The management and business department recently redesigned its curriculum to bring environmental issues more explicitly into more courses. Business professor Ela Lepkowska-White, who also directs the international affairs program, explains, "It's broader than the environment. It's also ethics in general, principles of economics and government." She and her colleagues want students to think about how each business decision affects people and the environment.
One of the department's "six dimensions for studying management and business in context" is called Natural Environment and Sustainability, a course of study that helps students "to learn about close connections between business and the natural environment in areas such as resource depletion, air and water pollution, and environmental risk factors" and to explore green technologies, renewable energy, and the role of government regulation. "I believe that business can be very beneficial for society if we do things the right way," Lepkowska-White says. She talks with students about the profitability of sustainable business—"you save money and resources and you also gain another target market, yes?"—and describes it as not just respecting the environment but "being a good businessperson in other ways, by paying fair wages, caring about employee well-being, creating a better society."
She says, "This is so important. If we don't educate our students to be responsible business women and men—and citizens—who will?"
Lepkowska-White is among the 22 faculty members—in fields from English and math to social work and music—who have participated in two-day workshops that helped them each revise a course syllabus to incorporate sustainability issues. She added an assignment to design a marketing plan for a green business in her "Foundations of Marketing" course.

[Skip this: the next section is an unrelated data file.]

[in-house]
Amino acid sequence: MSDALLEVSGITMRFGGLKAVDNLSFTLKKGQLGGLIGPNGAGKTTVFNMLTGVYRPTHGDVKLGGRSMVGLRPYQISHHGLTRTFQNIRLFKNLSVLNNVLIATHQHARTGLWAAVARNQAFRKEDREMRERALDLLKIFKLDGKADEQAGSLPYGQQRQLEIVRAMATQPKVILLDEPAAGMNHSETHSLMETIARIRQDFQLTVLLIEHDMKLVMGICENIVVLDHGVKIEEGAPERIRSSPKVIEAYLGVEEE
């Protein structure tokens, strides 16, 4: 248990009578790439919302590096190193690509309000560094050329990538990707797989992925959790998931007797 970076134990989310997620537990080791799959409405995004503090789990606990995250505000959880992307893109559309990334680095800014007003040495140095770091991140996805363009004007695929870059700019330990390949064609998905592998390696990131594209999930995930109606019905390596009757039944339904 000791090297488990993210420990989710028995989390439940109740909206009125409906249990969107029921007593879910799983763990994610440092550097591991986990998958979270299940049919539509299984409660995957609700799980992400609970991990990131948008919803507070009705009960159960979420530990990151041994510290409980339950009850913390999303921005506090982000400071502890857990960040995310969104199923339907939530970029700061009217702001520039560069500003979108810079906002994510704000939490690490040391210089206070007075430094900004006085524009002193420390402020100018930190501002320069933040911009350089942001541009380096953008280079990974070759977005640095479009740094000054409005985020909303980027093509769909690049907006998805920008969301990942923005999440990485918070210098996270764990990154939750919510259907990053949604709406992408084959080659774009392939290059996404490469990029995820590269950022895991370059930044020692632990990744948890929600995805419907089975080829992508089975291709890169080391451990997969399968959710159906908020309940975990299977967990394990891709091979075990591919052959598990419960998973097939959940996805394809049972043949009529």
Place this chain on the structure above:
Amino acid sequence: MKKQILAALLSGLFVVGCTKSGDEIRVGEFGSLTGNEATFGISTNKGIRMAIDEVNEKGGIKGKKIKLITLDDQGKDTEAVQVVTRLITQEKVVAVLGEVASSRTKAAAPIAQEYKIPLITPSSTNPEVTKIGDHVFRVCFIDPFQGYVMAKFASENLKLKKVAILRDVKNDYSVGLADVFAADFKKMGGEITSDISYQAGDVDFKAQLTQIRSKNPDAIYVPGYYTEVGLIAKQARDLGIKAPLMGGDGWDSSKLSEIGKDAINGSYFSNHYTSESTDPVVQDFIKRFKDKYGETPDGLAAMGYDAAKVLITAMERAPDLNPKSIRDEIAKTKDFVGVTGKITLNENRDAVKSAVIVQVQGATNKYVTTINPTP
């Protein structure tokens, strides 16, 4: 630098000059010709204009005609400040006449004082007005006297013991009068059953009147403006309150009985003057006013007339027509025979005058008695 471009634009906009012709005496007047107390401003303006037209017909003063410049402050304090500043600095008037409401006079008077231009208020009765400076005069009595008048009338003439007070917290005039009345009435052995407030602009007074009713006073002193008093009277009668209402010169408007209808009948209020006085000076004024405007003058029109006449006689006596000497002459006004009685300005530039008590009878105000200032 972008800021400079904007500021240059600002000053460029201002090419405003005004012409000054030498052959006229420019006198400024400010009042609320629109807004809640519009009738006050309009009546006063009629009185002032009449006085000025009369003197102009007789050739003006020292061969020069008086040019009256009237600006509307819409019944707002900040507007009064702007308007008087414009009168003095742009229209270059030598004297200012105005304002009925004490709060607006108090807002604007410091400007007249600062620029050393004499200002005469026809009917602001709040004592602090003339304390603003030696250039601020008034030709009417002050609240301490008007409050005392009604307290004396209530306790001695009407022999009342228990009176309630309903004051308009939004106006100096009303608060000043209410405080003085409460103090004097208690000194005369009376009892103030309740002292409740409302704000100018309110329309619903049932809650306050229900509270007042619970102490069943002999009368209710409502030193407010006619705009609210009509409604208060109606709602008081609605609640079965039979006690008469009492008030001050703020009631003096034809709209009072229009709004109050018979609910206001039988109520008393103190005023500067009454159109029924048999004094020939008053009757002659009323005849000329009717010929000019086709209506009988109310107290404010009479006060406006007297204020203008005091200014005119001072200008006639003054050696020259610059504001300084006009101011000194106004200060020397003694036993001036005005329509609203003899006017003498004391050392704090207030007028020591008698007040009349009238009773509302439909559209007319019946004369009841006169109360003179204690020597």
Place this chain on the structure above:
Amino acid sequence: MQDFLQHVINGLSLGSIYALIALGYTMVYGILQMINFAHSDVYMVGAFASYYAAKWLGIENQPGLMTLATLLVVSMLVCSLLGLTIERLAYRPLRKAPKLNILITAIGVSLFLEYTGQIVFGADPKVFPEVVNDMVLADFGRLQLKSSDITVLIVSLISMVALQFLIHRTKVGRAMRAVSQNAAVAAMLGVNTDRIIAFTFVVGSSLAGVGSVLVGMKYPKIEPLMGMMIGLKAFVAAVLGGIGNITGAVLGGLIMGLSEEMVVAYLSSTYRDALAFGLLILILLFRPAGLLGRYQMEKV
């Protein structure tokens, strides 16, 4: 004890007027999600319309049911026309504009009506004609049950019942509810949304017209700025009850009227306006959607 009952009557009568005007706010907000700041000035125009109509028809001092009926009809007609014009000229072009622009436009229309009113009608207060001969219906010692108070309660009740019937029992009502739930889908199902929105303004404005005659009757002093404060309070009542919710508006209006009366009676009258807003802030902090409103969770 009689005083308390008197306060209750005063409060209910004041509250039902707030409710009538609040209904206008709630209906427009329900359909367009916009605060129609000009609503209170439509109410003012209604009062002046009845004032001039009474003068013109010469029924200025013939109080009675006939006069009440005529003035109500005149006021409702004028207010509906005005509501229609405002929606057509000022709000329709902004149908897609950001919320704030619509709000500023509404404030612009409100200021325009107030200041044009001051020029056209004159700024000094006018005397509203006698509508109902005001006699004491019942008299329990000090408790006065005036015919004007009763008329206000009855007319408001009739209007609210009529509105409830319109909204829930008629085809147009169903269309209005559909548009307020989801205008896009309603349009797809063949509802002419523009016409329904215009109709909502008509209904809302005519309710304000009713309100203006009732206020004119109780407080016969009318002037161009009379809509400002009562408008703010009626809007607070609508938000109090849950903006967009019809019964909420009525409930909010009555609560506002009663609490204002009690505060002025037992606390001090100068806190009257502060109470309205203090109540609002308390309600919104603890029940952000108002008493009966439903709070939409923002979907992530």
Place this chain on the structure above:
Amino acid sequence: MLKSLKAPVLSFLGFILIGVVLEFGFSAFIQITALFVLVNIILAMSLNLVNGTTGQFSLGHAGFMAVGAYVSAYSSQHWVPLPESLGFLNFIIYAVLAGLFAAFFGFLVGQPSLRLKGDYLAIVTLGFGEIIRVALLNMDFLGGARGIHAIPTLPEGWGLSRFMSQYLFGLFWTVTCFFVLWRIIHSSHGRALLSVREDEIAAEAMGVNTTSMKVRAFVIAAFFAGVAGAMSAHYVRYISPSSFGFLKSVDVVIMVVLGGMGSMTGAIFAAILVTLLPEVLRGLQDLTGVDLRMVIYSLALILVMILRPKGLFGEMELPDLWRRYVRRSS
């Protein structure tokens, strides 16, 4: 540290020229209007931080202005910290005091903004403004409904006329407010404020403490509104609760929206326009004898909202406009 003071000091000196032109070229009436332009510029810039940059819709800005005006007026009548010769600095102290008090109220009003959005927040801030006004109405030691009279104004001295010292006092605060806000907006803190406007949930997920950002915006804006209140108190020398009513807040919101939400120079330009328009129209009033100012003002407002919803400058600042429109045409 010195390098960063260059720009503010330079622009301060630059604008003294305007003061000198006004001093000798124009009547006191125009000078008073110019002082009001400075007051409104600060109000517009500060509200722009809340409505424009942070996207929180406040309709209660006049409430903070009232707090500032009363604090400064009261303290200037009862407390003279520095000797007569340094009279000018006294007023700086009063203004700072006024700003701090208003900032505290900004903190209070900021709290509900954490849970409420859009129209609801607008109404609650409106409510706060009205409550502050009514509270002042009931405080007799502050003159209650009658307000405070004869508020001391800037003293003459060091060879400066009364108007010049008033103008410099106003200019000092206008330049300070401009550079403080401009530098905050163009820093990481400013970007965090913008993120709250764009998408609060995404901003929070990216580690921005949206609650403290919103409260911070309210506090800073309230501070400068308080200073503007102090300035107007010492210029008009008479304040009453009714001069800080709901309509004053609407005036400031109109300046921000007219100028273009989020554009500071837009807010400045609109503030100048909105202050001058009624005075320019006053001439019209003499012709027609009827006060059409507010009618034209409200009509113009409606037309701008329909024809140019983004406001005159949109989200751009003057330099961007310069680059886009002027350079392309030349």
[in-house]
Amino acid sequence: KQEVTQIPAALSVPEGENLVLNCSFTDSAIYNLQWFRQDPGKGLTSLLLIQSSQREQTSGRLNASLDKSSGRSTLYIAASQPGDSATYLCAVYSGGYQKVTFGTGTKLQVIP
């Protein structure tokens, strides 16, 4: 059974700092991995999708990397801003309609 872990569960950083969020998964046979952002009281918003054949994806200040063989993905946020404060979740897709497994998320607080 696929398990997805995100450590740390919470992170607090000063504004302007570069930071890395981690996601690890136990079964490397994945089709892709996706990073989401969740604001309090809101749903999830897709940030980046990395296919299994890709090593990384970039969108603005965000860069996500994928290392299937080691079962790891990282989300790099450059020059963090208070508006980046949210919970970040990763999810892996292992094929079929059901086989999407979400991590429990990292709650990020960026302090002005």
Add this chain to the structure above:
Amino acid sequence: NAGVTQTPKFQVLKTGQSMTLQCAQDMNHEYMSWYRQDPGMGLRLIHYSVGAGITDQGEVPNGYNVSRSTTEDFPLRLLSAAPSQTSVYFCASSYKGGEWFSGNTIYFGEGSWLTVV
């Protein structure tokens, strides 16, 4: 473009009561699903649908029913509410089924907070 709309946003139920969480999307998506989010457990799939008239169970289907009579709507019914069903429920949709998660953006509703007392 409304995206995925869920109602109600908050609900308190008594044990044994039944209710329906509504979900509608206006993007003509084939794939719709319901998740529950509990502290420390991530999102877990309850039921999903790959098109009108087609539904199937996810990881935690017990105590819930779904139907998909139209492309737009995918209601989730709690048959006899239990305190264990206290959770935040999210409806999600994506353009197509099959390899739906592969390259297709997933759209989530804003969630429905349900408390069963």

In foreign languages, Shirley Smith appreciated that the workshop's message was not "we are doomed" but rather "we can all do something now." She built sustainability into her "Elementary Italian" course—"we talked about the slow food movement in Italy, plus the politics of waste management, as part of a unit on the conditional mood of verbs"—and also into her "Food in Italian Literature."
Caitlin Jorgenson, who teaches the English course "The Rhetoric of Food Debates," says the workshop helped her think about giving her students "oppositional voices." She explains, "They need to think through all sides, weigh them carefully, and develop their own basis for judgment."
Education studies professor Hope Casto took the workshop to weave sustainability into her Scribner Seminar "No Place Like Home: An Exploration of Place." As a result, she added to her objectives for student learning "to understand and apply the concept of sustainability and then interrogate and develop a connection between a sense of place and the concept of sustainability."
"The choices we make now
will impact how humans
live in the future. It connects
us not only globally, but
Marx notes that sustainability requires a deep understanding and also a personal commitment. "Sustainability has implicit in it the idea of sacrifice, of changing certain lifestyles," he says. "Unlike strains of environmentalism that are primarily focused on preserving the planet, using the term sustainability puts humans firmly in the equation." It helps "remind college-aged students that the choices we make now will impact how humans live in the future. It connects us not only globally, but across time."
As ES faculty member Nurcan Atalan-Helicke tells her students, "There's never a solution that will make every interested party happy. We have to think about solutions that are acceptable to as many people as possible." Kellogg agrees, "You have to learn to help people reach a compromise or you're never going to make change."
Gabriel Herrera '14, an anthropology major with minors in ES and Spanish, wants to work in sustainable urban development. During the course of his senior capstone project in anthropology, examining public discourse and perceptions of sustainability in Saratoga Springs, he also learned that "nothing is simple. Every action will, undoubtedly, garner resistance or present challenges on some front. To pursue sustainable initiatives you must recognize there is never an easy way."
Easy or not, a collegewide strategic plan for sustainability is in the works, with a mission statement that underscores the high stakes: "Teaching, learning, and living in accordance with the tenet of sustainability fosters broad education and civic engagement of our community members, and prepares our students to be informed, active citizens and leaders in realizing sustainable futures. The health and well-being of future generations is dependent upon their success."